I guess we will be seeing a lot of this happen over the next few years though, so maybe I should get used to the idea of my middle class neighborhood turning into a half vacant slum.

  13. #11
    You can get excellent real estate advice here:

    http://www.crewealth.com (Center for Real Estate Wealth)

    Click on Community at the top. That will take you to the forum which is free.

    You might also want to consider signing up for the free trial of the paid area of the site. If you go into the learning center, then the foreclosure section, then click on videos. There is a four part video series about how to negotiate short sales with banks.

    This is a site created by my mom, Jackie Lange (a Ron Paul supporter!). She has been a full time real estate investor for over 15 years and a lot of the information on the site is contributed by Jack Miller. He has over 30 years of experience investing. Both of them do their own real estate investing seminars and speak at many other seminars all over the country. They really know their stuff!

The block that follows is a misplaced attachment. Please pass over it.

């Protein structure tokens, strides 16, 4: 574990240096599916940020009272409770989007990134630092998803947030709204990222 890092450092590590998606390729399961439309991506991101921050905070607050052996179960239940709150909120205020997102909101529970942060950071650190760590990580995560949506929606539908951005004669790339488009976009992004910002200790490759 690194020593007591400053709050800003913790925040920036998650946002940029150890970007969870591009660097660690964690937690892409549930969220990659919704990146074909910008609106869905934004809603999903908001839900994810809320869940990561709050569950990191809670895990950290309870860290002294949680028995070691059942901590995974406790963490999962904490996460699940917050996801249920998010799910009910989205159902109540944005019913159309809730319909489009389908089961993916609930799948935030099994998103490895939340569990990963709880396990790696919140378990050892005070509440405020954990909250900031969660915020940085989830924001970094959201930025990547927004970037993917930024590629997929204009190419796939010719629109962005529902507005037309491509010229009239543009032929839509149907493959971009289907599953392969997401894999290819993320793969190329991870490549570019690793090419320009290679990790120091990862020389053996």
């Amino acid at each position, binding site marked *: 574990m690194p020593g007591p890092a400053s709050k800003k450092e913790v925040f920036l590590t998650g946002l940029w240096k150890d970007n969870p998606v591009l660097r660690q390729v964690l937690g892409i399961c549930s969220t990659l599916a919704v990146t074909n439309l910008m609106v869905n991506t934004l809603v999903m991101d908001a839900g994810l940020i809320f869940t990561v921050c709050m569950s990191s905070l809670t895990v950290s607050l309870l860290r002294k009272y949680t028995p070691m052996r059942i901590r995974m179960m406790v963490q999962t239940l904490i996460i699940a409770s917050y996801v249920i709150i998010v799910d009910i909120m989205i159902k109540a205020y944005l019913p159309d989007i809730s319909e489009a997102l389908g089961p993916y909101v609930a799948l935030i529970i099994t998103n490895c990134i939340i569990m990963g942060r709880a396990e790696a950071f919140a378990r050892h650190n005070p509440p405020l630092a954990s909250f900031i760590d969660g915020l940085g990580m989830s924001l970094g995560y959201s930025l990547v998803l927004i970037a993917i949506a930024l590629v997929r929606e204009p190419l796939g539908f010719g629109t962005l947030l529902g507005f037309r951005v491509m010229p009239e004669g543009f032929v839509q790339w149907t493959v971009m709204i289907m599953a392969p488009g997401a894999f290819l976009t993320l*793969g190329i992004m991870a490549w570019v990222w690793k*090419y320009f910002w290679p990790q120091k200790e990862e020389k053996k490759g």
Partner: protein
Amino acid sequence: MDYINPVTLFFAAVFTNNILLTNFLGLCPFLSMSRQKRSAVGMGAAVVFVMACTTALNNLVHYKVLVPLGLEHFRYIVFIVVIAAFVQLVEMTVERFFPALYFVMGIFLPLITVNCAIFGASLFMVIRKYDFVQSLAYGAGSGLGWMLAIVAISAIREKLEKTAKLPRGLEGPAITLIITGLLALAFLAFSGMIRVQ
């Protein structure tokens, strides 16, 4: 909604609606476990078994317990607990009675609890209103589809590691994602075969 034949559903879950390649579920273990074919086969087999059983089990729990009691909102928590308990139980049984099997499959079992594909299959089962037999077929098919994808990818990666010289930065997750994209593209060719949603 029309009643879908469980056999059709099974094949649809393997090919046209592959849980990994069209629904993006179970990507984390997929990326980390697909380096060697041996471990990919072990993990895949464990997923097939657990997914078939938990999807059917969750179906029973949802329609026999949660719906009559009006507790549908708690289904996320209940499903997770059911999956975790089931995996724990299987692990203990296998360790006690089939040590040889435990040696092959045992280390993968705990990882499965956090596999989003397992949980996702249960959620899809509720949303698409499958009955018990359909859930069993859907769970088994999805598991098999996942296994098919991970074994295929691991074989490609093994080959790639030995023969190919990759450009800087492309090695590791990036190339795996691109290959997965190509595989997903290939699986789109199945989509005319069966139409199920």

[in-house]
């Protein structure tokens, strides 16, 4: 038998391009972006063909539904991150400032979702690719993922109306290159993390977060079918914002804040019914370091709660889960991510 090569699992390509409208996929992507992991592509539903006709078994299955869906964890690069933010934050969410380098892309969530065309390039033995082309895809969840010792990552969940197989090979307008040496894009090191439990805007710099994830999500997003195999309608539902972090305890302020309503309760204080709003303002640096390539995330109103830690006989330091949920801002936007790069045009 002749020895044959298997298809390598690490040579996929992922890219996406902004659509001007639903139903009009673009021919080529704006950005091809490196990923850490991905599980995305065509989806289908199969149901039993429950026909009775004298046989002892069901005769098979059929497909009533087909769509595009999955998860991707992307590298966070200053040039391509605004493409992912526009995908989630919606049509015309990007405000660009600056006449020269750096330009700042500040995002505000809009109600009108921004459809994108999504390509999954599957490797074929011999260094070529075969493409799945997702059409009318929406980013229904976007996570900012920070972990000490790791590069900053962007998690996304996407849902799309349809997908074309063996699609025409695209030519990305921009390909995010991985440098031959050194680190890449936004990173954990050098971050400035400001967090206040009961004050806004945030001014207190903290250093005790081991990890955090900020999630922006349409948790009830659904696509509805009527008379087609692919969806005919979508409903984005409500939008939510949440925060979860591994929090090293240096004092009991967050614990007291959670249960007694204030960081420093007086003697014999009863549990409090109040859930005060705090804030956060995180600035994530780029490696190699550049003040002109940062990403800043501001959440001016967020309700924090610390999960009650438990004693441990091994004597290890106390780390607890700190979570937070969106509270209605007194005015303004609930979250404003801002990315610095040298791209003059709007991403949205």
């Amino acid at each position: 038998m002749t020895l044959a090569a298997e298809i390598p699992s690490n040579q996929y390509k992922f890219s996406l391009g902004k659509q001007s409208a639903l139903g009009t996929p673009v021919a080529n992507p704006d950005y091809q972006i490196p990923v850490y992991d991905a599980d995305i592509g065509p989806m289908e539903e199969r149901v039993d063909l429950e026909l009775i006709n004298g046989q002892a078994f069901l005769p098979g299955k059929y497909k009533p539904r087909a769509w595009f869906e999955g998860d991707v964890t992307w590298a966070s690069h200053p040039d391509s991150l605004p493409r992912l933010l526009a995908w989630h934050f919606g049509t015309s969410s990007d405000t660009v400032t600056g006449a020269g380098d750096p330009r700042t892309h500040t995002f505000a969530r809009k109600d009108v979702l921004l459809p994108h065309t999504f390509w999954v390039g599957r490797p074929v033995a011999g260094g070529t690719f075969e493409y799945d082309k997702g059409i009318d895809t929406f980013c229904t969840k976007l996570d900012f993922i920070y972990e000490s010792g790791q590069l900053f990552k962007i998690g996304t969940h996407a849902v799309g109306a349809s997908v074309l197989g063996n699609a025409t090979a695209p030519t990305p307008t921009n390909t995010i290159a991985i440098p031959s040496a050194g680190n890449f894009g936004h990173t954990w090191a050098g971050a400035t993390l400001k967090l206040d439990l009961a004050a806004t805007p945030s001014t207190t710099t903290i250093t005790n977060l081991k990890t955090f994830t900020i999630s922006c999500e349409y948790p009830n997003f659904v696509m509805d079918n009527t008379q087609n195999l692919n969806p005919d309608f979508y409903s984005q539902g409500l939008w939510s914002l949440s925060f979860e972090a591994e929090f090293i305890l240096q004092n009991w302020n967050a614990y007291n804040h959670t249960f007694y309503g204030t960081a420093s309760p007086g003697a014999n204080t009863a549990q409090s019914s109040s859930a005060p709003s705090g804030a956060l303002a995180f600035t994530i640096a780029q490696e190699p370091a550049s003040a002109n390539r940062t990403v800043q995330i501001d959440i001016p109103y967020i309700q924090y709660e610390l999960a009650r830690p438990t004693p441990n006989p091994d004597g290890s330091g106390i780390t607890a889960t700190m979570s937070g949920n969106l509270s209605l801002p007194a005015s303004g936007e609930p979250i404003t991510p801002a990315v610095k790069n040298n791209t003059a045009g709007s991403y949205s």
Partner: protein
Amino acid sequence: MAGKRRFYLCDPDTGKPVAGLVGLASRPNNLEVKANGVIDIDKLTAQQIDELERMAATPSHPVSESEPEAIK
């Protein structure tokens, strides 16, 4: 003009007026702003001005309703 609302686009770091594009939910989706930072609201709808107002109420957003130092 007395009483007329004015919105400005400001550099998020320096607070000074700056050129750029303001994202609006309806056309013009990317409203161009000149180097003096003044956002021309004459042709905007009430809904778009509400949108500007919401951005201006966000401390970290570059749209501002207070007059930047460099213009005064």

Other options to consider would be finding another investor to go in on the deal with, or just turning the deal over to an experienced investor in your area for a finders fee.
    Last edited by delatx; 10-30-2008 at 01:41 PM.

  14. #12
    I did like the peple who lived there, but they moved into an apartment after they were foreclosed on. They had health problems, which is why it needs so much maintanence.
    Bruno, yes, I guess you could say it is the back taxes they are auctioning off. In Georgia, they have a year to redeem the property at 20 % interest. After that, you have to take your quitclaim deed to court before you have a clear deed to the property. That process will most likely be costly, slow, and painful.